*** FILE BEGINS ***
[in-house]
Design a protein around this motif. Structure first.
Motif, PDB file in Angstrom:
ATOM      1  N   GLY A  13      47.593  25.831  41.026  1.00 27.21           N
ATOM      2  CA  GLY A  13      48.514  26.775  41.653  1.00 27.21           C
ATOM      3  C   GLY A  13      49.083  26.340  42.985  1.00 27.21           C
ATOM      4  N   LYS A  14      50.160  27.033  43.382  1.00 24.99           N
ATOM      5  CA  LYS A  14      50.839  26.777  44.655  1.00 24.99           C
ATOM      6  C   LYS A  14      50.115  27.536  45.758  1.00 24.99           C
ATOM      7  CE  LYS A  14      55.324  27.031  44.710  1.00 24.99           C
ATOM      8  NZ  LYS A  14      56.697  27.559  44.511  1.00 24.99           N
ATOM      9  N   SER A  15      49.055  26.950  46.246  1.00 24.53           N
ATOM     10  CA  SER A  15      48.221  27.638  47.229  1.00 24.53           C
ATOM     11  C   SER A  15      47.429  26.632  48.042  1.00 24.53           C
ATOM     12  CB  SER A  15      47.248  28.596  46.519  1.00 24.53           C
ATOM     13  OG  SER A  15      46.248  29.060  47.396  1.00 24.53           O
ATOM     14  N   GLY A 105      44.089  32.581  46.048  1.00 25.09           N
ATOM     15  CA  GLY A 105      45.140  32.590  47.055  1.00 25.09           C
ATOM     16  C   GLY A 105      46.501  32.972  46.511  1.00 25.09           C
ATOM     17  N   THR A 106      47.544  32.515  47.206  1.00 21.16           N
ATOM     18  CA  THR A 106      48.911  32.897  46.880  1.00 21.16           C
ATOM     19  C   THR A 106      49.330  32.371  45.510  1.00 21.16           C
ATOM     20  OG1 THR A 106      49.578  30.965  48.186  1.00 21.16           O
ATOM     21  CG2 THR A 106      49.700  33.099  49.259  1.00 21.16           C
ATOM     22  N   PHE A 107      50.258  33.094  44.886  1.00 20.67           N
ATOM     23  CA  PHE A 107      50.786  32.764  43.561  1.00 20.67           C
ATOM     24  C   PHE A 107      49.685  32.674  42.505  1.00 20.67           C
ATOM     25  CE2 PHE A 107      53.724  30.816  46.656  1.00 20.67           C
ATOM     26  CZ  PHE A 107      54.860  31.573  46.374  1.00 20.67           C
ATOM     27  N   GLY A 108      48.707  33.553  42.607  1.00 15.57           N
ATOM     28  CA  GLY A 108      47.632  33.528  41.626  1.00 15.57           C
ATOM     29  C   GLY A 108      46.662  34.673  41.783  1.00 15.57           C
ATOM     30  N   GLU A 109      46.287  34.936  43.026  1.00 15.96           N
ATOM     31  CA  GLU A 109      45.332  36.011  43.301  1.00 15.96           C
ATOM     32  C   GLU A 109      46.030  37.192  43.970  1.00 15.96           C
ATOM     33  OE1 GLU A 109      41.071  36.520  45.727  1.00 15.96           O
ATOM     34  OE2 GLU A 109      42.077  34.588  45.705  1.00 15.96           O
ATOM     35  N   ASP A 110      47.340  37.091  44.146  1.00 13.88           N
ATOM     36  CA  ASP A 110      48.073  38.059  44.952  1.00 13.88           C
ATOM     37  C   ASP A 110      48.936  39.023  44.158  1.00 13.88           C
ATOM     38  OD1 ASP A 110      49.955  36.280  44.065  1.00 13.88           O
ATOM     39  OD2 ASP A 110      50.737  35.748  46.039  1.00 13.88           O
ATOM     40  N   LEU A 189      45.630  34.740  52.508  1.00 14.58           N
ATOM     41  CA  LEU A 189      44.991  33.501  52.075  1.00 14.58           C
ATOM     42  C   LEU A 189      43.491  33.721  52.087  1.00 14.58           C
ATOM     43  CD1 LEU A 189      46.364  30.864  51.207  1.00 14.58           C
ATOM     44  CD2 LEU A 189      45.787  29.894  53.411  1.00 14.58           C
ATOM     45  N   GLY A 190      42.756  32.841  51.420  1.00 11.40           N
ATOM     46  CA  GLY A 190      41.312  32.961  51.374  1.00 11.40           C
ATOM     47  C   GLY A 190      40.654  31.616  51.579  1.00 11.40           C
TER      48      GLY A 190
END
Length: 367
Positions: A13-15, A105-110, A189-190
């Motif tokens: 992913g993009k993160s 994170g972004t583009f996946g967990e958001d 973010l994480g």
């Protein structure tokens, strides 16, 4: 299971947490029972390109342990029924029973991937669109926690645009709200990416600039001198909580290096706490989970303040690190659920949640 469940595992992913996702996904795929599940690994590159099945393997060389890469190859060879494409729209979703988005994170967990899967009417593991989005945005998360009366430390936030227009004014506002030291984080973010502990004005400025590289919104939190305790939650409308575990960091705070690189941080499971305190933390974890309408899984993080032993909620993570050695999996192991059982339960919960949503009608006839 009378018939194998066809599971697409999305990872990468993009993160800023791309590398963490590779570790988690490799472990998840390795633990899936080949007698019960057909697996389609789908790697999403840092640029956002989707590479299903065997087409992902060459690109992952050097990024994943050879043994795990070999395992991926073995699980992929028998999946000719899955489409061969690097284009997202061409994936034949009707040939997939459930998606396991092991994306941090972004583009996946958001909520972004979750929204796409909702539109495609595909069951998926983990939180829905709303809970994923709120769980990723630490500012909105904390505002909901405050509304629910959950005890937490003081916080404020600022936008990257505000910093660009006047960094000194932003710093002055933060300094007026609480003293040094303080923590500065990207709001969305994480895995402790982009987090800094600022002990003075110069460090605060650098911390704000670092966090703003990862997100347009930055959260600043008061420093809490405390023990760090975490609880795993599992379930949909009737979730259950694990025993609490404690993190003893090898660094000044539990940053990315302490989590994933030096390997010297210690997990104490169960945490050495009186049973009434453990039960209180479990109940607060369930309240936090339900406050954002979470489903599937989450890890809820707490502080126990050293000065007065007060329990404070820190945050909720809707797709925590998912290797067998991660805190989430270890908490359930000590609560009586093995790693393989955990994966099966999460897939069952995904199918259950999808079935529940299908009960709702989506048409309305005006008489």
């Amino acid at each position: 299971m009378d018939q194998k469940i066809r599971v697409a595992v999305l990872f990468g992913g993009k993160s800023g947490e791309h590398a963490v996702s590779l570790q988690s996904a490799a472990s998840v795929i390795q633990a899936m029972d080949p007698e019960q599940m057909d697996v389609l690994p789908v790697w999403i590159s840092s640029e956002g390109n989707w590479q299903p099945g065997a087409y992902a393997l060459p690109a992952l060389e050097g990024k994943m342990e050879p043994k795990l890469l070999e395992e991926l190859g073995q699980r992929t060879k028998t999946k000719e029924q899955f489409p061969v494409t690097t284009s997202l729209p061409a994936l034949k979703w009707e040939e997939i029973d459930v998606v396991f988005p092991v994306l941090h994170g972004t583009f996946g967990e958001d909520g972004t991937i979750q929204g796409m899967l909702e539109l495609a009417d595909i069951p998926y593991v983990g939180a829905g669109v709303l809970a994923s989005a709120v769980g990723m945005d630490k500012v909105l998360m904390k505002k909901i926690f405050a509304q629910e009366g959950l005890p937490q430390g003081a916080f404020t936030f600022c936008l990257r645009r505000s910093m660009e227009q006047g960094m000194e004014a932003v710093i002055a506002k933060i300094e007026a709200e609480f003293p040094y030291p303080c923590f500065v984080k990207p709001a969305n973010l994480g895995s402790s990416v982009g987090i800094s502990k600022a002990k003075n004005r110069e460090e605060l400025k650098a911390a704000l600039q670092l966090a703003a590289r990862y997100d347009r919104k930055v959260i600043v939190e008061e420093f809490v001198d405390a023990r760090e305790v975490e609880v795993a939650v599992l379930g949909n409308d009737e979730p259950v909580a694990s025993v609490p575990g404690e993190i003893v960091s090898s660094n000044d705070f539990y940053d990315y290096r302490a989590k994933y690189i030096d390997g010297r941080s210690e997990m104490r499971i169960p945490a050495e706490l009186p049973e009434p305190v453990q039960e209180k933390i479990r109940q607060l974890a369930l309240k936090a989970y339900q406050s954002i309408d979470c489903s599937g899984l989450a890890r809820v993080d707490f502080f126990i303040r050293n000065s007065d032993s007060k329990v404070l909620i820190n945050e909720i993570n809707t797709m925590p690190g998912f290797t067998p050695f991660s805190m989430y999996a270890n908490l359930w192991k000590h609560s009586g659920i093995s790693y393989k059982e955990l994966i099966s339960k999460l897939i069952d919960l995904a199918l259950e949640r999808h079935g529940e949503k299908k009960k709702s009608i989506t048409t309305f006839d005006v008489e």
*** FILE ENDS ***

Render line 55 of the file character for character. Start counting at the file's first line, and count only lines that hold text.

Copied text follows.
């Motif tokens: 992913g993009k993160s 994170g972004t583009f996946g967990e958001d 973010l994480g």